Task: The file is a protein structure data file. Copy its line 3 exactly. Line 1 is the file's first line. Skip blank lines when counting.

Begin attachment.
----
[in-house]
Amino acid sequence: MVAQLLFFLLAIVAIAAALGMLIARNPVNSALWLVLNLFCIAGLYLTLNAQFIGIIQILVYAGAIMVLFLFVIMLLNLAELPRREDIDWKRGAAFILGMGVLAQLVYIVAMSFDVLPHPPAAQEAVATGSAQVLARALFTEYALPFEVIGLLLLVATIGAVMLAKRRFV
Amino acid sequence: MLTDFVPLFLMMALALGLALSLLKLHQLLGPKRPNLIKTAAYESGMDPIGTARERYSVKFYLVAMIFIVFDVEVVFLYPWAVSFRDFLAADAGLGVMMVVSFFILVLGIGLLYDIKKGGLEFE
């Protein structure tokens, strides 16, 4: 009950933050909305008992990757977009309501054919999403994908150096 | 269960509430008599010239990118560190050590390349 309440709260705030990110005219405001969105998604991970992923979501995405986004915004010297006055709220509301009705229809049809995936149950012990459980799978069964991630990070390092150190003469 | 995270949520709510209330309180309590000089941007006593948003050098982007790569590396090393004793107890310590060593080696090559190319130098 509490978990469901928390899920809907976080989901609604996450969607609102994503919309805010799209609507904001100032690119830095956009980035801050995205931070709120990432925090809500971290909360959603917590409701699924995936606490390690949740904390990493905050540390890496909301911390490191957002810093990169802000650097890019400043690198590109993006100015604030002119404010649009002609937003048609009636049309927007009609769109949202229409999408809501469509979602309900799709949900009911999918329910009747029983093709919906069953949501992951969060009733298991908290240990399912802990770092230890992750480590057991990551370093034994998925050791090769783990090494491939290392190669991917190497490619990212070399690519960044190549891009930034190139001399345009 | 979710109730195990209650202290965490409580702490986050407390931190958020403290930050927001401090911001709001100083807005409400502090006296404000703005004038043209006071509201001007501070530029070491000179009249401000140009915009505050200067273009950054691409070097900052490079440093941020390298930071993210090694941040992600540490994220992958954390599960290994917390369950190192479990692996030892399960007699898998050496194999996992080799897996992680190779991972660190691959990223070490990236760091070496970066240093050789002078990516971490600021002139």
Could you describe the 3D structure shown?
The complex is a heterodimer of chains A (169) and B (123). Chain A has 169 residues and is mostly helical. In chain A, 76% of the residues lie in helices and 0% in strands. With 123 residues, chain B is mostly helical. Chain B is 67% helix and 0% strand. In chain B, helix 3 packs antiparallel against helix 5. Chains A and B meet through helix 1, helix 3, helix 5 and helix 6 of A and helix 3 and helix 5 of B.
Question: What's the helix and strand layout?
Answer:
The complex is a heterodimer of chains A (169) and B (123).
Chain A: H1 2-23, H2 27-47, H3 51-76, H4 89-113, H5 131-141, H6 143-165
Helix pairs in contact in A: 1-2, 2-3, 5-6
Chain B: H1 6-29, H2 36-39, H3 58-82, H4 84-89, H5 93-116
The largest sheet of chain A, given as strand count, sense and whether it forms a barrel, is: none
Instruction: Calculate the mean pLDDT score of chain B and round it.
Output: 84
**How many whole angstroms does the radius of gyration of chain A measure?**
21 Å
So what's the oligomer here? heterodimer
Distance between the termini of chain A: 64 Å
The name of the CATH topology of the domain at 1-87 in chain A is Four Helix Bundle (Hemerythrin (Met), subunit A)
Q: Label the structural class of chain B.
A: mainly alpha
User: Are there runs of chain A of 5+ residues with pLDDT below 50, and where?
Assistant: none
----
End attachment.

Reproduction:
Amino acid sequence: MLTDFVPLFLMMALALGLALSLLKLHQLLGPKRPNLIKTAAYESGMDPIGTARERYSVKFYLVAMIFIVFDVEVVFLYPWAVSFRDFLAADAGLGVMMVVSFFILVLGIGLLYDIKKGGLEFE